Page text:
While we have often heard that members of Congress, who are not only exempt from insider trading oversight, are also ardent daytraders we had never seen it in action.
The following publicly filed monthly Periodic Transaction Report by Democrat Congresswoman, Judy Chu, shows us just how pervasive daytrading is not only for algos, but for those who supposedly are paid to serve their constituents. What is interesting is the size of the trades - between $1,000 and $15,000 each, this is not some novice, penny pincher; what is even more interesting are the underlying securities of choice: volatile, and levered, calls and puts on not only the S&P500, but also on some of the most volatile securities out there, such as the VIX.
Here are some examples of the trades in question (the latest full report can be found here):
There are more of these. Much more: some 9 pages worth just for June. The full breakdown is at the bottom of the post (link here).
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While we would be the last to begrudge Ms. Chu her daytrading largesse, whether or not in possession of material, non-public inside info at time of trading - after all, if it is legal, by all means trade on inside information - something did catch our interest.
According to her public profile, the Democrat representing the 27th Congressional District, taught psychology for 20 years in an East LA Community College system, from 1981 to 2001, and reported a pension worth between $100,001 and $250,000 for those years of work. She also draws a smaller pension from serving on the Monterey Park City Council. She became a member of Congress in 2009.
In other words, a community college psychology teacher who daytrades S&P calls and puts in size up to $15,000? Maybe she is merely "piggybacking" on her husband's net worth? Then again, maybe not. Her husband, former Assemblyman Mike Eng, is a senior partner at an immigration law firm in Los Angeles valued between $250,001 and $500,000.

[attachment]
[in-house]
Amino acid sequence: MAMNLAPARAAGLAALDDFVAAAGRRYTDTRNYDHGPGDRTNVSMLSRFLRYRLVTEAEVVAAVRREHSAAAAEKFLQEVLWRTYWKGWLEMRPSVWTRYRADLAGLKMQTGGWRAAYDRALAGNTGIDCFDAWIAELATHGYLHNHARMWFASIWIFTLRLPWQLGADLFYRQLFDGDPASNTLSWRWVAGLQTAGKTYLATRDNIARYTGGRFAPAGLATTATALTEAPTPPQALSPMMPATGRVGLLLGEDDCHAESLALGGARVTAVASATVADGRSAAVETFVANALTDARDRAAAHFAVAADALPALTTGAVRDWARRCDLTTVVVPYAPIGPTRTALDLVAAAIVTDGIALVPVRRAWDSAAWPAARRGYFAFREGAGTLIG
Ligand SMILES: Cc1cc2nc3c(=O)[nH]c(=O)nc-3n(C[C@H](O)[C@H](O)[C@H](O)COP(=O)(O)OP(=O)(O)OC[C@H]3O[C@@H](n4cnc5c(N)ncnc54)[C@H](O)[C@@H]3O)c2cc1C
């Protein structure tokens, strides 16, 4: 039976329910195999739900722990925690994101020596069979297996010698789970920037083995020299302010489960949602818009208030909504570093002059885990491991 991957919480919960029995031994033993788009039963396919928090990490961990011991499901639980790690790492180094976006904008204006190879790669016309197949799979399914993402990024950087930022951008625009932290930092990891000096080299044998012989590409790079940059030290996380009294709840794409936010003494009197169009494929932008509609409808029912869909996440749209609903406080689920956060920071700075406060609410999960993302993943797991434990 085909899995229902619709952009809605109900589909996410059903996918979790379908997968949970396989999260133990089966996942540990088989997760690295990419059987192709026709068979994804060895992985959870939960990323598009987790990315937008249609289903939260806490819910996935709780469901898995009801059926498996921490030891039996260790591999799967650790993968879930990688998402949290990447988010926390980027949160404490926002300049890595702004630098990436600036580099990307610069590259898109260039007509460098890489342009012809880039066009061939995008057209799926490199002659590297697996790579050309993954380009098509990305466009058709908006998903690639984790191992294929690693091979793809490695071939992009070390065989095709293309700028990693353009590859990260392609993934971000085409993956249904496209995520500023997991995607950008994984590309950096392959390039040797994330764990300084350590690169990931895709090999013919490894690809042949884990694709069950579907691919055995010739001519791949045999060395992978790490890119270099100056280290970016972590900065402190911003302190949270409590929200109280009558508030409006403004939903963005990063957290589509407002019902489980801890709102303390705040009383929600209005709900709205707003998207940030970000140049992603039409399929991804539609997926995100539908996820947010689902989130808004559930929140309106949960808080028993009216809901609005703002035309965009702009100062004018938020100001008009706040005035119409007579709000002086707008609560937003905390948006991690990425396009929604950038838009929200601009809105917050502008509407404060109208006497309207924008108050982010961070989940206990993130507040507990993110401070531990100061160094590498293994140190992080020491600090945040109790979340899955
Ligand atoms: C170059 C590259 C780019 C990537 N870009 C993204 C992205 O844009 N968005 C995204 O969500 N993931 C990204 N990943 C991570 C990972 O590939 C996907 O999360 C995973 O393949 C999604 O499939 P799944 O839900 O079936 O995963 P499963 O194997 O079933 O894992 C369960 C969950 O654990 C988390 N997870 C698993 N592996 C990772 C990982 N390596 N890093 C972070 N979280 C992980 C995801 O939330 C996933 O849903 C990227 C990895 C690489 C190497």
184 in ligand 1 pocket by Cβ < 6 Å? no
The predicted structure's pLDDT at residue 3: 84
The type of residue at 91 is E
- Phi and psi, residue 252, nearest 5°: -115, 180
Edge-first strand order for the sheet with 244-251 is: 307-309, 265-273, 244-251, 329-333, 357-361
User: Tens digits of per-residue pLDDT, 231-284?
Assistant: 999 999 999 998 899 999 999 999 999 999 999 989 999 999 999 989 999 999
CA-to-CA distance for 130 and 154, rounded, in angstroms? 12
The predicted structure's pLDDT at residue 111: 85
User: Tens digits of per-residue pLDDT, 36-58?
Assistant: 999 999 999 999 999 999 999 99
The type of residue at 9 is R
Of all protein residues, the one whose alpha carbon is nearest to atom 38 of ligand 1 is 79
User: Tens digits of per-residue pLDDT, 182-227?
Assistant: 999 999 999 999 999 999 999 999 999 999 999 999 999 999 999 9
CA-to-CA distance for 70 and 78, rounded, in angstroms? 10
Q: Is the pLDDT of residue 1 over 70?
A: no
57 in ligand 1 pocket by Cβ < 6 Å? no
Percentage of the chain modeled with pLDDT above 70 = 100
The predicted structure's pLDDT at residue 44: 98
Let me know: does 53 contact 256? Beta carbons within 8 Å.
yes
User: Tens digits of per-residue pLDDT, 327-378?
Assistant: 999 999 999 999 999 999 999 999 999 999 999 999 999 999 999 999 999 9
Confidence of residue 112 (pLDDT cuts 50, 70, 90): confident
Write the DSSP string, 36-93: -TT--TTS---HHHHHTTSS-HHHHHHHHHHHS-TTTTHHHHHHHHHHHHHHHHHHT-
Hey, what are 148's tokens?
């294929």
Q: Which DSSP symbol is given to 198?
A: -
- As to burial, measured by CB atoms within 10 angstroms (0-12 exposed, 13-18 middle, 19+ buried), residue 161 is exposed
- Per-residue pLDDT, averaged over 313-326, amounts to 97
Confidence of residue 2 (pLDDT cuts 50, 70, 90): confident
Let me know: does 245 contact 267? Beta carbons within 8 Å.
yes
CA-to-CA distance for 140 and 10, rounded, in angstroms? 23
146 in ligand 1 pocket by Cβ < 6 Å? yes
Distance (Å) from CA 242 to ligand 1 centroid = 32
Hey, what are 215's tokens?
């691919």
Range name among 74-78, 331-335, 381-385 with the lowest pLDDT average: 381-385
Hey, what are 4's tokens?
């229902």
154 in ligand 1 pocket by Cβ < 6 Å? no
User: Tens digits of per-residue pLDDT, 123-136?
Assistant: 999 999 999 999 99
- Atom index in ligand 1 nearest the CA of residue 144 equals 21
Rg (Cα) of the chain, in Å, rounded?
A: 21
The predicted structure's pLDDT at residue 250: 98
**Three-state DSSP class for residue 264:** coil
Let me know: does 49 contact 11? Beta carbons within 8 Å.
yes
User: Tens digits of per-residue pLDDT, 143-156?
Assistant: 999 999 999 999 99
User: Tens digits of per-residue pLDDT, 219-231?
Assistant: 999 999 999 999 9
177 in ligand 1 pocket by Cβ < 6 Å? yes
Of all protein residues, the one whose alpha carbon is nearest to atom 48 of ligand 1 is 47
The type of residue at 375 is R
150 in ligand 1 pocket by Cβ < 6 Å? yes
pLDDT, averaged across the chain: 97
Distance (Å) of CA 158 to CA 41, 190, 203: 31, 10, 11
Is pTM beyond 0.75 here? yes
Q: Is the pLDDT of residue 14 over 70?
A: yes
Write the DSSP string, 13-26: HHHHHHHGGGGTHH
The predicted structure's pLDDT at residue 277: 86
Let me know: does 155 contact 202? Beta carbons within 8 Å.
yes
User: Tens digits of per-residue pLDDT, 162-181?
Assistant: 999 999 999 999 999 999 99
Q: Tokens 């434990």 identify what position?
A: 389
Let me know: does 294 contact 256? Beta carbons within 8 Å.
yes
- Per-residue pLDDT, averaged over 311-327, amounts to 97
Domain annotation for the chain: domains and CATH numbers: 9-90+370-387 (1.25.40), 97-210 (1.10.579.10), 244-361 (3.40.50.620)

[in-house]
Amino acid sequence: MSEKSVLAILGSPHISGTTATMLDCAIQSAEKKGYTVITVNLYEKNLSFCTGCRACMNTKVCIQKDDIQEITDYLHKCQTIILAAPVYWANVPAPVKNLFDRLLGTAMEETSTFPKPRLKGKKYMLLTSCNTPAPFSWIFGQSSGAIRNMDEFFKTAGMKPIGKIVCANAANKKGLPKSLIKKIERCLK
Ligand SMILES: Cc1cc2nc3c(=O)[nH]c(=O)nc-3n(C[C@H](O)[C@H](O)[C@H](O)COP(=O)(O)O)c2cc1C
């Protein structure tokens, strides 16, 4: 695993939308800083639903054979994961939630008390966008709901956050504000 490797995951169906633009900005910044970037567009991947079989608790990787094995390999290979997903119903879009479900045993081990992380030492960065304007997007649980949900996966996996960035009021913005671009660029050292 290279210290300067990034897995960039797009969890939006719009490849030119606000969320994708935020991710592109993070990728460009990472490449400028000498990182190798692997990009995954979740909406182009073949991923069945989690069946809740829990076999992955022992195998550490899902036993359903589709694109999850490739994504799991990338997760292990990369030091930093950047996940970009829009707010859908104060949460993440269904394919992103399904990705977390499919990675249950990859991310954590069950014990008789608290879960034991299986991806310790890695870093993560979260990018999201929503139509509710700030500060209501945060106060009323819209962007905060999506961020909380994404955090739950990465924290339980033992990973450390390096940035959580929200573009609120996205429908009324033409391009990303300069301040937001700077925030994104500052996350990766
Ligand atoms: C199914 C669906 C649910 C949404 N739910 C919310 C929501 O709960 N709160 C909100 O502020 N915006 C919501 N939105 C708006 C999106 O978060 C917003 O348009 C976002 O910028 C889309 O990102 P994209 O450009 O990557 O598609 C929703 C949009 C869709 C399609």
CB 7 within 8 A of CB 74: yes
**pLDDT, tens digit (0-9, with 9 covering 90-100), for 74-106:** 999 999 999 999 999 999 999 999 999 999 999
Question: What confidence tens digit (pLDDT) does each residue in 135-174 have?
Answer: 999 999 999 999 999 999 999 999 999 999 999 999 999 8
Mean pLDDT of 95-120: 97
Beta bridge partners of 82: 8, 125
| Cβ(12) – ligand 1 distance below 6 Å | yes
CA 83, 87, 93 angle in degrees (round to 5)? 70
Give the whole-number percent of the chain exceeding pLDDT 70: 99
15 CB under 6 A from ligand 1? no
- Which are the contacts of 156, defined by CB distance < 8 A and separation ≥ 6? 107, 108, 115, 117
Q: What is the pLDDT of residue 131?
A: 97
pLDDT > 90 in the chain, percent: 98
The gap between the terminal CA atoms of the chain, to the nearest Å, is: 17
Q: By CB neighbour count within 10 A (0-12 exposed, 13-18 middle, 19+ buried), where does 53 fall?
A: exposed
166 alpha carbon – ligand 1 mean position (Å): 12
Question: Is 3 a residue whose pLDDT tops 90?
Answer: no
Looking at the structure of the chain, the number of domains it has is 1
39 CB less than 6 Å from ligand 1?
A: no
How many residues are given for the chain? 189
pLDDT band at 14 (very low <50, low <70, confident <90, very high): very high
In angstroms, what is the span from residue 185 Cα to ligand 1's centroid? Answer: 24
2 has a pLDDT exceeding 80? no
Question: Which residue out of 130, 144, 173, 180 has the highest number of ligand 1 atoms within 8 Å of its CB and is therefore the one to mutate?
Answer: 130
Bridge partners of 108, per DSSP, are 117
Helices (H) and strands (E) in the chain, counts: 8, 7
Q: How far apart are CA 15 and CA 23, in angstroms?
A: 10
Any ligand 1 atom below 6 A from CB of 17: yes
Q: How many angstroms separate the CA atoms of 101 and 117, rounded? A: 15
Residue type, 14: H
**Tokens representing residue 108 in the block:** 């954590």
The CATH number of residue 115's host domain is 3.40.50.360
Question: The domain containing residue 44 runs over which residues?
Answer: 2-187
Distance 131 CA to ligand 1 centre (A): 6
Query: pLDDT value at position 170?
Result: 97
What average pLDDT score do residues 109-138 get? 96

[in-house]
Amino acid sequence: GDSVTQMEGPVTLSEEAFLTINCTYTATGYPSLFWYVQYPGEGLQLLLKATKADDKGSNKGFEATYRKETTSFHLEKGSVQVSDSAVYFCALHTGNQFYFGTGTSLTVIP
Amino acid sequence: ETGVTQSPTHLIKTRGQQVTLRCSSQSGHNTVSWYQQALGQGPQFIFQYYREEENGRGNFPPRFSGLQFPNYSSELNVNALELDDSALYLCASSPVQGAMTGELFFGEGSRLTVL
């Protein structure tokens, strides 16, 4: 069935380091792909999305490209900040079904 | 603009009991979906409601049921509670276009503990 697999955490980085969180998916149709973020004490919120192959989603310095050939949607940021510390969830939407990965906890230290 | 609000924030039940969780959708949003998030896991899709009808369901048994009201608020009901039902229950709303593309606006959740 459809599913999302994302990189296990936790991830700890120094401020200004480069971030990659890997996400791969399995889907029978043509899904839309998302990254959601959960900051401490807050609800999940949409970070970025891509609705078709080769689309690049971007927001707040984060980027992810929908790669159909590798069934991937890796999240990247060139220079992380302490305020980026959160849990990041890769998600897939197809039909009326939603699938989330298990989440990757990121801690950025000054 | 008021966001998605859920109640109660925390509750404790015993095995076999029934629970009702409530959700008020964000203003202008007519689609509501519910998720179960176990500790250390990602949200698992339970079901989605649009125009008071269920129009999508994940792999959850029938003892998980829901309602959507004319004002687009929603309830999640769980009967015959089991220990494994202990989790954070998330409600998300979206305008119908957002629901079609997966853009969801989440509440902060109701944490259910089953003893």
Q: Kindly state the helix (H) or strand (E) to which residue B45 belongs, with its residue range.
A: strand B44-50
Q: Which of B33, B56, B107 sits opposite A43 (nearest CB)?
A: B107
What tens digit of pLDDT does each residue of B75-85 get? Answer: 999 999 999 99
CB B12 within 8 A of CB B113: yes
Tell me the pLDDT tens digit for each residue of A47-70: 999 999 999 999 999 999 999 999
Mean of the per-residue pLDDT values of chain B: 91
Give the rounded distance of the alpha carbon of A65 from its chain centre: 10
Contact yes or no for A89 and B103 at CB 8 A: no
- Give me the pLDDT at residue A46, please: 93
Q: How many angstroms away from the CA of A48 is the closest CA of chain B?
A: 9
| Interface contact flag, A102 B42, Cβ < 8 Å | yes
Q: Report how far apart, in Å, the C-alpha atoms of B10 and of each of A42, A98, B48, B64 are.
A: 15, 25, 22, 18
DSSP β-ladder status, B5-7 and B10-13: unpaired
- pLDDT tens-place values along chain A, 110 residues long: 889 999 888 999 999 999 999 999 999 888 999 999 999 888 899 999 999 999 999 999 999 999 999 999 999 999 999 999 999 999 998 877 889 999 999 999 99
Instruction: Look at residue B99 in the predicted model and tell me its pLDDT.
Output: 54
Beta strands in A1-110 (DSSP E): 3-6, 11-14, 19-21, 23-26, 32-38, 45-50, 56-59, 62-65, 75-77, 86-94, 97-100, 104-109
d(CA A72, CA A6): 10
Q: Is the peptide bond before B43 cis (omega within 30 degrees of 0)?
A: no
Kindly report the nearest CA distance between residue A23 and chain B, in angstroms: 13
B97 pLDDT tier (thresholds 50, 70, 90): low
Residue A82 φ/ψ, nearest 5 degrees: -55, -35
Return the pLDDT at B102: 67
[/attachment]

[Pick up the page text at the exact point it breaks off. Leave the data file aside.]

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And then we look at her net worth, which is where things get interesting, because this career psych professor, currently has an average net worth of $3.5 million, which according to InsideGov makes her the 103rd richest member of the House. Chu's net worth was 3.2 times more than the average member of Congress and 4 times more than the average representative. When compared to the California Congressional Delegation, Chu had a net worth that was 3.6 times more than the average.
But most interesting is the history of Rep. Judy Chu's net worth over a short 6 year period, as shown in the chart below.
To summarize: a former East LA psychology professor (with an annual pension) started off her Congressional career with virtually nothing in the bank, and over the next 5 years, built up a net worth of over $3 million. We are curious how: it wasn't with the modest salary that members of the house collect; it wasn't from outside activities, it wasn't from her husband.
Which leaves just one possibility: her phenomenal daytrading skills, which are made even more phenomenal since her trades are exempt from regulatory oversight.
We are curious: why does Ms. Chu waste her amazing trading talent in D.C. when she could be working for Steve Cohen, or better yet, run her own hedge fund, making billions. Because if she can recreate her phenomenal 6 year return with outside capital, we would be the first in line to let her manage our money... assuming of course she can repeat her trading performance when the SEC at least pretend to care.
Judy's June trading disclosure is below